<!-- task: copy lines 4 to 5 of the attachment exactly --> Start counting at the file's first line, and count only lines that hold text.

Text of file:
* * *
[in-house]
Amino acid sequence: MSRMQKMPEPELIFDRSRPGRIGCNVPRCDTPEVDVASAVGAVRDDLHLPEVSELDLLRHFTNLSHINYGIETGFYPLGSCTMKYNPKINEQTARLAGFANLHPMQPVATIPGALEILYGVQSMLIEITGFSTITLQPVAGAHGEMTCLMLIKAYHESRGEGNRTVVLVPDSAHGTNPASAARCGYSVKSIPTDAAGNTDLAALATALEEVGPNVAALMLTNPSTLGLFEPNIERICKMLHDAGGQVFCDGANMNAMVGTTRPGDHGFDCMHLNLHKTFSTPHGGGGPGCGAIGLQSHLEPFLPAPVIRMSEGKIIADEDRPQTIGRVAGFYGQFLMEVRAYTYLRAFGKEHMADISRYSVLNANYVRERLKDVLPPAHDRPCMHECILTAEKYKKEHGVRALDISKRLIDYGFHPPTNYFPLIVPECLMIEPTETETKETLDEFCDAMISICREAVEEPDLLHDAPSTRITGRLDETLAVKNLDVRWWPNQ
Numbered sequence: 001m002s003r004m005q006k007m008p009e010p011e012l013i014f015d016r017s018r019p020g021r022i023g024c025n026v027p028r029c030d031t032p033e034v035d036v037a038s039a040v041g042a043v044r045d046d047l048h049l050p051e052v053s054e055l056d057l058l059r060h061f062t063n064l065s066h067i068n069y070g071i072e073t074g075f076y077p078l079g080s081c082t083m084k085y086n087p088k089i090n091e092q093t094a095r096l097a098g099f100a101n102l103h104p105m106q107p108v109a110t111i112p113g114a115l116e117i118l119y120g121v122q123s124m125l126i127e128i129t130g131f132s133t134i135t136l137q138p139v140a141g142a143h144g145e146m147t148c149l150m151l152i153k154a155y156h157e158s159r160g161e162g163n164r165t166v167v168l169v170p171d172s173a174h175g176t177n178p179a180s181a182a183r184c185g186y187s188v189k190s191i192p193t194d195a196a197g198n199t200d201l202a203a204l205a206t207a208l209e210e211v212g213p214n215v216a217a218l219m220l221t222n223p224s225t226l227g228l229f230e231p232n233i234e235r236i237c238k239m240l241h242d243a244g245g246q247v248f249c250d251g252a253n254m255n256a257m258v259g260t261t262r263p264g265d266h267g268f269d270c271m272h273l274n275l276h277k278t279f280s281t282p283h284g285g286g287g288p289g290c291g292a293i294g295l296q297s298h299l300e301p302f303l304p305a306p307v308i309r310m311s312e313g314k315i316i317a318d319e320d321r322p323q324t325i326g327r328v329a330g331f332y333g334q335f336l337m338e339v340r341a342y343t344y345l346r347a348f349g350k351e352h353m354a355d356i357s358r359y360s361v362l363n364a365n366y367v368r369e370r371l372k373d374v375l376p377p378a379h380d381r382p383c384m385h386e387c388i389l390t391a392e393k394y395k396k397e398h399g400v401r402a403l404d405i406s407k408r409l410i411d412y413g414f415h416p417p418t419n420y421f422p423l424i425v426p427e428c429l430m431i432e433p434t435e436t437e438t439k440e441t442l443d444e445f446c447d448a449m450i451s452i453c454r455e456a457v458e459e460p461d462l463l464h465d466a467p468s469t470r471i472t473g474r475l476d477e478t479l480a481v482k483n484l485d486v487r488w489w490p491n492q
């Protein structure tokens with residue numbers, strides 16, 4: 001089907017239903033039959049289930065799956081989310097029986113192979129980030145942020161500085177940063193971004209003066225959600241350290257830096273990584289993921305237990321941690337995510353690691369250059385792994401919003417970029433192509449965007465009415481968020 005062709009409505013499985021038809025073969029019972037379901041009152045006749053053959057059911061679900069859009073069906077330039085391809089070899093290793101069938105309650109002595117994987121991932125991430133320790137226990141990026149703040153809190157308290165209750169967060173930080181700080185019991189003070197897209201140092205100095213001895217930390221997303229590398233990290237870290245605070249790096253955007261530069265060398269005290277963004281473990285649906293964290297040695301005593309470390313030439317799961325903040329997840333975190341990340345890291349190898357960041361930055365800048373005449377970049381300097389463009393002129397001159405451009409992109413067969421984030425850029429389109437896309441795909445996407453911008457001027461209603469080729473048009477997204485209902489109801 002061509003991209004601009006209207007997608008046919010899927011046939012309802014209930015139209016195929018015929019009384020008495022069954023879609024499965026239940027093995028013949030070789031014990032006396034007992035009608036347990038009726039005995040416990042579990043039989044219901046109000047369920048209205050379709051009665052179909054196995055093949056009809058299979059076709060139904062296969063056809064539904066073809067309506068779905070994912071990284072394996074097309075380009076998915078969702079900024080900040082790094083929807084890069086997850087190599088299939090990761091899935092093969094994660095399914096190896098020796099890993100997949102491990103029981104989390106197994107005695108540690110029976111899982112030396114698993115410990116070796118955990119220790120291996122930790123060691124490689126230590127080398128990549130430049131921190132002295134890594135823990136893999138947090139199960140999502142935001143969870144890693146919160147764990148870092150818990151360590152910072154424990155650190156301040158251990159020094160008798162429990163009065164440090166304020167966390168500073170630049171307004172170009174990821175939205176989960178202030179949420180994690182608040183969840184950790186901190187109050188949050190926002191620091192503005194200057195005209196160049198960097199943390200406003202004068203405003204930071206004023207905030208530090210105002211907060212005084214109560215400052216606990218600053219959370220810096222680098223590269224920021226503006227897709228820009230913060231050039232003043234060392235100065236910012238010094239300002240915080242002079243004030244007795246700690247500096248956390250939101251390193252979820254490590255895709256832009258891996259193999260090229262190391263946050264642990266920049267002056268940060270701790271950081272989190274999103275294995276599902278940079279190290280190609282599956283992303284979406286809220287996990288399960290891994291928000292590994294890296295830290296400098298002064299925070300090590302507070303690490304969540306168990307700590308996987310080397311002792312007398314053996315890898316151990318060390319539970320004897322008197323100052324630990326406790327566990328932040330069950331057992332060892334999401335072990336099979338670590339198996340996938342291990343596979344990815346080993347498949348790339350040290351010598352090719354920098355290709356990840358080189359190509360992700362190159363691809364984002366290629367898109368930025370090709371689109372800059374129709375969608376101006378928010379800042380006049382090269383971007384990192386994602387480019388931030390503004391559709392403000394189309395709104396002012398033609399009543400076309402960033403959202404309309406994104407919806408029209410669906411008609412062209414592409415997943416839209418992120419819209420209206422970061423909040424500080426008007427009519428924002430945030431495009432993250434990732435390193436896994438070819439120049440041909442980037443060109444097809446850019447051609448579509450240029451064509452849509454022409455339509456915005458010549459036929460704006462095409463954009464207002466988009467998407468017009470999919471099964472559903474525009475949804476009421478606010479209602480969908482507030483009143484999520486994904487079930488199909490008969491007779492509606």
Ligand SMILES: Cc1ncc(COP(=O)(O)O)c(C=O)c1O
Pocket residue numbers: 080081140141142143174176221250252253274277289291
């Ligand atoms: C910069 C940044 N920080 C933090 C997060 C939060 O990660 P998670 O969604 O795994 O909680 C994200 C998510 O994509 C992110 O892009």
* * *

């Protein structure tokens with residue numbers, strides 16, 4: 001089907017239903033039959049289930065799956081989310097029986113192979129980030145942020161500085177940063193971004209003066225959600241350290257830096273990584289993921305237990321941690337995510353690691369250059385792994401919003417970029433192509449965007465009415481968020 005062709009409505013499985021038809025073969029019972037379901041009152045006749053053959057059911061679900069859009073069906077330039085391809089070899093290793101069938105309650109002595117994987121991932125991430133320790137226990141990026149703040153809190157308290165209750169967060173930080181700080185019991189003070197897209201140092205100095213001895217930390221997303229590398233990290237870290245605070249790096253955007261530069265060398269005290277963004281473990285649906293964290297040695301005593309470390313030439317799961325903040329997840333975190341990340345890291349190898357960041361930055365800048373005449377970049381300097389463009393002129397001159405451009409992109413067969421984030425850029429389109437896309441795909445996407453911008457001027461209603469080729473048009477997204485209902489109801 002061509003991209004601009006209207007997608008046919010899927011046939012309802014209930015139209016195929018015929019009384020008495022069954023879609024499965026239940027093995028013949030070789031014990032006396034007992035009608036347990038009726039005995040416990042579990043039989044219901046109000047369920048209205050379709051009665052179909054196995055093949056009809058299979059076709060139904062296969063056809064539904066073809067309506068779905070994912071990284072394996074097309075380009076998915078969702079900024080900040082790094083929807084890069086997850087190599088299939090990761091899935092093969094994660095399914096190896098020796099890993100997949102491990103029981104989390106197994107005695108540690110029976111899982112030396114698993115410990116070796118955990119220790120291996122930790123060691124490689126230590127080398128990549130430049131921190132002295134890594135823990136893999138947090139199960140999502142935001143969870144890693146919160147764990148870092150818990151360590152910072154424990155650190156301040158251990159020094160008798162429990163009065164440090166304020167966390168500073170630049171307004172170009174990821175939205176989960178202030179949420180994690182608040183969840184950790186901190187109050188949050190926002191620091192503005194200057195005209196160049198960097199943390200406003202004068203405003204930071206004023207905030208530090210105002211907060212005084214109560215400052216606990218600053219959370220810096222680098223590269224920021226503006227897709228820009230913060231050039232003043234060392235100065236910012238010094239300002240915080242002079243004030244007795246700690247500096248956390250939101251390193252979820254490590255895709256832009258891996259193999260090229262190391263946050264642990266920049267002056268940060270701790271950081272989190274999103275294995276599902278940079279190290280190609282599956283992303284979406286809220287996990288399960290891994291928000292590994294890296295830290296400098298002064299925070300090590302507070303690490304969540306168990307700590308996987310080397311002792312007398314053996315890898316151990318060390319539970320004897322008197323100052324630990326406790327566990328932040330069950331057992332060892334999401335072990336099979338670590339198996340996938342291990343596979344990815346080993347498949348790339350040290351010598352090719354920098355290709356990840358080189359190509360992700362190159363691809364984002366290629367898109368930025370090709371689109372800059374129709375969608376101006378928010379800042380006049382090269383971007384990192386994602387480019388931030390503004391559709392403000394189309395709104396002012398033609399009543400076309402960033403959202404309309406994104407919806408029209410669906411008609412062209414592409415997943416839209418992120419819209420209206422970061423909040424500080426008007427009519428924002430945030431495009432993250434990732435390193436896994438070819439120049440041909442980037443060109444097809446850019447051609448579509450240029451064509452849509454022409455339509456915005458010549459036929460704006462095409463954009464207002466988009467998407468017009470999919471099964472559903474525009475949804476009421478606010479209602480969908482507030483009143484999520486994904487079930488199909490008969491007779492509606």
Ligand SMILES: Cc1ncc(COP(=O)(O)O)c(C=O)c1O